When the man behind Ultima Online talks, it's probably a good idea to at least listen to what he has to say. Richard Garriott believes that companies like Blizzard are going to have more to worry about in the future from companies like Zynga than big name rival publishers. Could he be right? Has Blizzard missed a potentially big boat?
When Ultima Online first launched in 1997 not many people suspected that it would become the phenomenon it has, and fewer still predicted that it would help establish a genre that stands as one of the most financially successful ones in the industry right now. Richard Garriott certainly was a forward thinking individual, and to his credit he still is.
In fact, just recently Garriott has stated that companies like Zynga will be the ones to pose the greatest future competition towards already established giants like Blizzard. In an interview with Industry Gamers Garriott notes that while something like Zynga challenging Blizzard seems like a pipe dream at the moment, but that, "Right now, where those worlds seem very distinct, and very separate, and very noncompetitive, they’re targeting completely different users - I think within a few years, you’ll see that’s not really the case."
The Ultima creator sees the current state of the Facebook based companies like Zynga as only the very beginning of what will evolve into a powerhouse threat towards the current juggernauts of online gaming which Blizzard stands at the forefront of. He states, "I think you’ll see that the quality level that comes up through the casual games will rival the quality of traditional massively multiplayer games and then, because it’s not something you have to subscribe to, because it’s something that virally spreads, and especially because, as people churn out of a big MMO they’ve got to go somewhere. And if you’re a company that does only one big MMO, odds are they’re churning out for somebody else,"
It's easy to label such speculation as just so, but Garriott has had an impressive track record and although past success doesn't guarantee that future predictions will be correct it certainly doesn't hurt the chances either. Garriott also sees this potential threat as something of a failing on the part of companies like Blizzard to jump into the market and assert their dominance over it from the outset, saying, "The only reason Zynga exists is because people like EA, people like Blizzard, failed to step in. And so each of these major upheavals allows new, major corporations to come in and fill that space, which I think is to the great detriment, and then leaves the big companies of the previous iteration actually trying to catch up."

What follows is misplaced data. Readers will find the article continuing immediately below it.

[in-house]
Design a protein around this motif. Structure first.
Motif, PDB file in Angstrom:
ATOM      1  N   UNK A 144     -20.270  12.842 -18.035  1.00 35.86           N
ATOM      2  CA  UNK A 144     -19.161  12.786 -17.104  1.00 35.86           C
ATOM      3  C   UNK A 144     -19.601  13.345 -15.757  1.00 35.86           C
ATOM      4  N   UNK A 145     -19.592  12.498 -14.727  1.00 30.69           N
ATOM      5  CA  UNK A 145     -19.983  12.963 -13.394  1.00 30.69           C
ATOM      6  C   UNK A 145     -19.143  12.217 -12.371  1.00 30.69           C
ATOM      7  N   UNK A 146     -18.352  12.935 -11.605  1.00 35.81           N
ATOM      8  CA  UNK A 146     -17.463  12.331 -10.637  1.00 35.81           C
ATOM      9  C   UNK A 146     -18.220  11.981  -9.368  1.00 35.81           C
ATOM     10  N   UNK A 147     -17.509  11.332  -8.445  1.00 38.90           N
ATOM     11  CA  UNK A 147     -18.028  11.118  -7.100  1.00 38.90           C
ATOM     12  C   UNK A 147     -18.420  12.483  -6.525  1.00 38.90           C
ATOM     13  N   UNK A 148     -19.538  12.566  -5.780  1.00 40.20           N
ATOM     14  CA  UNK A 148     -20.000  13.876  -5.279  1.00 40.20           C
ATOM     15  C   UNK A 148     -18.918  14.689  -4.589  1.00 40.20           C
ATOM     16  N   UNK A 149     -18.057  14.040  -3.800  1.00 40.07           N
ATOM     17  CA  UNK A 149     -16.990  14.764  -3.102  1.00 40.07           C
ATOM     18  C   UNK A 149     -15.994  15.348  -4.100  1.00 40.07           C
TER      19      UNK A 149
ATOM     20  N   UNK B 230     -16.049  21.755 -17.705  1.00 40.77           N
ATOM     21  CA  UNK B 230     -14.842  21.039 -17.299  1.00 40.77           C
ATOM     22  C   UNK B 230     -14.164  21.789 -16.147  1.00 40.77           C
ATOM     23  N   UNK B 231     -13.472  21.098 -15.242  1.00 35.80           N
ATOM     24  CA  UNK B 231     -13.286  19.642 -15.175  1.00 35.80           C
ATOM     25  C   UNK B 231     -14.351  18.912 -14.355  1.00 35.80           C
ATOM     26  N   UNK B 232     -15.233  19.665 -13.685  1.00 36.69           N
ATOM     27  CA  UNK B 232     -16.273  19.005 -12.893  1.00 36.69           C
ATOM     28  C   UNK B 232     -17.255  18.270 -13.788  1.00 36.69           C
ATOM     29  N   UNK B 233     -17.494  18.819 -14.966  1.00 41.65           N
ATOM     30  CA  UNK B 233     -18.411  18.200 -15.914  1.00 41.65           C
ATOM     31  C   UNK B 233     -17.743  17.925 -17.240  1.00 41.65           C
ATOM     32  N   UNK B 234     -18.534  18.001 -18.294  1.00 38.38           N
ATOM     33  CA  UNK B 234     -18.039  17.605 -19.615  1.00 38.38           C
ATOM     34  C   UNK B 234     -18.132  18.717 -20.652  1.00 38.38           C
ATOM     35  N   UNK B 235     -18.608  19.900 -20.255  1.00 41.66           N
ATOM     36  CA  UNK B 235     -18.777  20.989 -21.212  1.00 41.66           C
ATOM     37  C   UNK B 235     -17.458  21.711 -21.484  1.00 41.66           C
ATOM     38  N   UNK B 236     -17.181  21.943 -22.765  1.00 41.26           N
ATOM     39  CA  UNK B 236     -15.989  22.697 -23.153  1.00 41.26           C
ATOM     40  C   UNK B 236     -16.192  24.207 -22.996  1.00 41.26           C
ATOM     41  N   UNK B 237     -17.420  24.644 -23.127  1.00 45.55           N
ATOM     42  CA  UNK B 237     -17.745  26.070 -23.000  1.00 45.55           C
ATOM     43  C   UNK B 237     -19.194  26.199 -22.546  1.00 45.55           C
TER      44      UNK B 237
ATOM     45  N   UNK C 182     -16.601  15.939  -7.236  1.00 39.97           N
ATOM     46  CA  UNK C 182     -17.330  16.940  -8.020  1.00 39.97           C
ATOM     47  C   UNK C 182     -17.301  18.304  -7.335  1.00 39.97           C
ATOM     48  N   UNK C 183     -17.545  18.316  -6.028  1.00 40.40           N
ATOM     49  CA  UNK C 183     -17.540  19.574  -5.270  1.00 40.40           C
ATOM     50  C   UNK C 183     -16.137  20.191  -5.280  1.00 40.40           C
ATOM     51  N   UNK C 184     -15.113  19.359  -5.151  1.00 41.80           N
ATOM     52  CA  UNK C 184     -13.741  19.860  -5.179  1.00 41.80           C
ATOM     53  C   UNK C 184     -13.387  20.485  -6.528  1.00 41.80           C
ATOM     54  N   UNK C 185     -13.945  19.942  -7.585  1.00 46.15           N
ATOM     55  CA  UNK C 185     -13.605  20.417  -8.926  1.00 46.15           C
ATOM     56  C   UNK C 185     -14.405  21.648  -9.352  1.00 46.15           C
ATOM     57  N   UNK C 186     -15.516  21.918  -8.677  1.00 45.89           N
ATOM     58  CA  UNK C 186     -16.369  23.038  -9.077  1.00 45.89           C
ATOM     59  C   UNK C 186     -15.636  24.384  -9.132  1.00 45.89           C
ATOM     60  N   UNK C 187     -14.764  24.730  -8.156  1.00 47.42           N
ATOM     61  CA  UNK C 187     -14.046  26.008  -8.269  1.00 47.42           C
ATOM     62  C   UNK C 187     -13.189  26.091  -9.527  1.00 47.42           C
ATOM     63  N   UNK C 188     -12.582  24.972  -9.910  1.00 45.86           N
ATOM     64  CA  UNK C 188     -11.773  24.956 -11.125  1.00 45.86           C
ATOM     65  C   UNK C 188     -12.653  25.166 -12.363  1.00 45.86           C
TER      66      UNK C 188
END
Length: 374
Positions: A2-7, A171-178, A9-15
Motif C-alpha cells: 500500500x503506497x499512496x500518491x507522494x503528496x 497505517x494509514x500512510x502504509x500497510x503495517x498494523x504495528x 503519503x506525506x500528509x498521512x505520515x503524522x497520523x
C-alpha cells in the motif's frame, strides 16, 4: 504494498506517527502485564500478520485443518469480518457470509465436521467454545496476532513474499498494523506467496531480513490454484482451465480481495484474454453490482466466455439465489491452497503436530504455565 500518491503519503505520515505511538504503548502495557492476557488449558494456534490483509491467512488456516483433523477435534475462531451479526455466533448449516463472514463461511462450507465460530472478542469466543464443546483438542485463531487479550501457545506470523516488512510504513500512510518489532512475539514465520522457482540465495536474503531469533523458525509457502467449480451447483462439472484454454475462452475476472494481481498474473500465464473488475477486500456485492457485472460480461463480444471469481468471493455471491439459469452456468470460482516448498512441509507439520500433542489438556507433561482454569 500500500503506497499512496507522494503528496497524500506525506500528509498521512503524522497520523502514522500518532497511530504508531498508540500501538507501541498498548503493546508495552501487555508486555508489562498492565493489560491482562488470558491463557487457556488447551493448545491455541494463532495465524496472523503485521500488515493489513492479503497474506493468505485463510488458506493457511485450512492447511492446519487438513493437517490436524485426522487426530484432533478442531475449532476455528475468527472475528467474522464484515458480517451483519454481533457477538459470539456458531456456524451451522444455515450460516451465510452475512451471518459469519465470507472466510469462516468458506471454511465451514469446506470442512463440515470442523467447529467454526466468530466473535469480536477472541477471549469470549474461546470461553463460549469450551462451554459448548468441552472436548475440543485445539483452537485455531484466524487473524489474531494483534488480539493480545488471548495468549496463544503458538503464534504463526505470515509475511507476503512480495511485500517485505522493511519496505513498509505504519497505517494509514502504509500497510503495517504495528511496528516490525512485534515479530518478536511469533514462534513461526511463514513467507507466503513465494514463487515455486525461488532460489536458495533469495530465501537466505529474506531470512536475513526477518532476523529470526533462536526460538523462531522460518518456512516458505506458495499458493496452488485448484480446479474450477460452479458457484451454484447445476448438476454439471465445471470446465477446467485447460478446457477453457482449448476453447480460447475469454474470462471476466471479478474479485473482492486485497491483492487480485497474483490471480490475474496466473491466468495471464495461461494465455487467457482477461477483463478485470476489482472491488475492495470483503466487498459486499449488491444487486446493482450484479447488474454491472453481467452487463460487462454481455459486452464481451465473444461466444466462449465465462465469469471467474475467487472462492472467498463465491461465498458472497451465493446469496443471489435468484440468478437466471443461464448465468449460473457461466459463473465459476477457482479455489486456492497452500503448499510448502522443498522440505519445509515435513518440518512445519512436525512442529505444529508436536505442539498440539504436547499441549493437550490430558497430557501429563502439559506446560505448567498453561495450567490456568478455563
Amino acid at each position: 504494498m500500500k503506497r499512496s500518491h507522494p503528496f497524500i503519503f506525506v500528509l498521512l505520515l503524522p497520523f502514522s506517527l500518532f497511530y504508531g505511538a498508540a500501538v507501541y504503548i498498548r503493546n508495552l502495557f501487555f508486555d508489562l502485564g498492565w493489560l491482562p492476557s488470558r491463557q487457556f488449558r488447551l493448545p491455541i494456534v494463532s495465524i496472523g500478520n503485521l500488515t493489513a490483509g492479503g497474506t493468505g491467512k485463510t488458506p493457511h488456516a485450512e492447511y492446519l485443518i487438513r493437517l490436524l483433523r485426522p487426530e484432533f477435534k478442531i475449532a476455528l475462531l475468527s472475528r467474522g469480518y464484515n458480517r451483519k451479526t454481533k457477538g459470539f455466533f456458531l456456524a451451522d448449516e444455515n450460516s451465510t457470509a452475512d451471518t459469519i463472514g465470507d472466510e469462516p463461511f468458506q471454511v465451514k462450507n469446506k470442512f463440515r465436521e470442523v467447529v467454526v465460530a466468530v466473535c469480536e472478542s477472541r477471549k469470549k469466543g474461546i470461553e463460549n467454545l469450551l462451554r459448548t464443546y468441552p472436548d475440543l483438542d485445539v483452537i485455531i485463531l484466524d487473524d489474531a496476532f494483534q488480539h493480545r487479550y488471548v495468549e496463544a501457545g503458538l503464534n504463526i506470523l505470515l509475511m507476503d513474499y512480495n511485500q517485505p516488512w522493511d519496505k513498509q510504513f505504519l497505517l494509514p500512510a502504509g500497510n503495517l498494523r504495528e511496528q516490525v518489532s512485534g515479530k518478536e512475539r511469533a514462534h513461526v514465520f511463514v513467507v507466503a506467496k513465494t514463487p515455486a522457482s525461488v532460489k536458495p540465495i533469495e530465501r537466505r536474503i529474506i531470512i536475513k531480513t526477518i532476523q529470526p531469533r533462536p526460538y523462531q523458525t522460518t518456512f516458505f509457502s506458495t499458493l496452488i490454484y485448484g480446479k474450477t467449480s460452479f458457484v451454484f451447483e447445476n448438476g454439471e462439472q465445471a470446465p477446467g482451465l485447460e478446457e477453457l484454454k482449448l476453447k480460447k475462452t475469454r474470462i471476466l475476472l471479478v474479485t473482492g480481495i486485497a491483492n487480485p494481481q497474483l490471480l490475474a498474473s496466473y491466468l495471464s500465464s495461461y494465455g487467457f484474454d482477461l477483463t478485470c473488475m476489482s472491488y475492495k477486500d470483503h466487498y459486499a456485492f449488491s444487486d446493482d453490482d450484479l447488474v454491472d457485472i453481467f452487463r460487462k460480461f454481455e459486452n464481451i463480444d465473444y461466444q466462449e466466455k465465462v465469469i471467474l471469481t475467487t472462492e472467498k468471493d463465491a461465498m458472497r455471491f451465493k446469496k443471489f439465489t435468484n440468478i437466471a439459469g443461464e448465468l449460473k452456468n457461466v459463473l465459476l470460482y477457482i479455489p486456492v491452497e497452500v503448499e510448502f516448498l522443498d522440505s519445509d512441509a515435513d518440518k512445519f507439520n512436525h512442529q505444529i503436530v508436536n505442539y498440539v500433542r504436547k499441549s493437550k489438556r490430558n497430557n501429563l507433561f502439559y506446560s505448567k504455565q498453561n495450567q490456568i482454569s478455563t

Garriott does bring up some intriguing points to think about, but I believe there is room for some measure of debate here.
My first and foremost concern is that if Zynga is really going to become a top class competitor, then the company itself will have to avoid the same stagnation that its potential future competition is accused of currently suffering. Garriott talks about the games evolving, but at the moment it seems to me from the outside at least that they might have reached a bit of a ceiling themselves. Without wanting to invest and take the time to make games better, companies like Zynga will never really move past the modest Facebook diversions to pose an actual threat.
Secondly and just as importantly, Blizzard are many things: idiots they are not. If there comes a time when they see the potential in this market, I have no doubt that both them and others will move in full force. They haven't done so so far because it's quite possible that they see no need to. Certainly it's arrogant, but it's also likely that the second that the big name companies catch a whiff of a threat or potential for profit that they'll move in fast and hard. Zynga and companies like it will be entrenched of course, but Blizzard and the others have advantages of huge preexisting playerbases and a trusted name.
What it comes down to is that there's little doubt that a battle could be on the horizon, but will it be as big a deal as Garriott thinks it will? I certainly don't believe so, but only time will prove any argument right or wrong in this regard.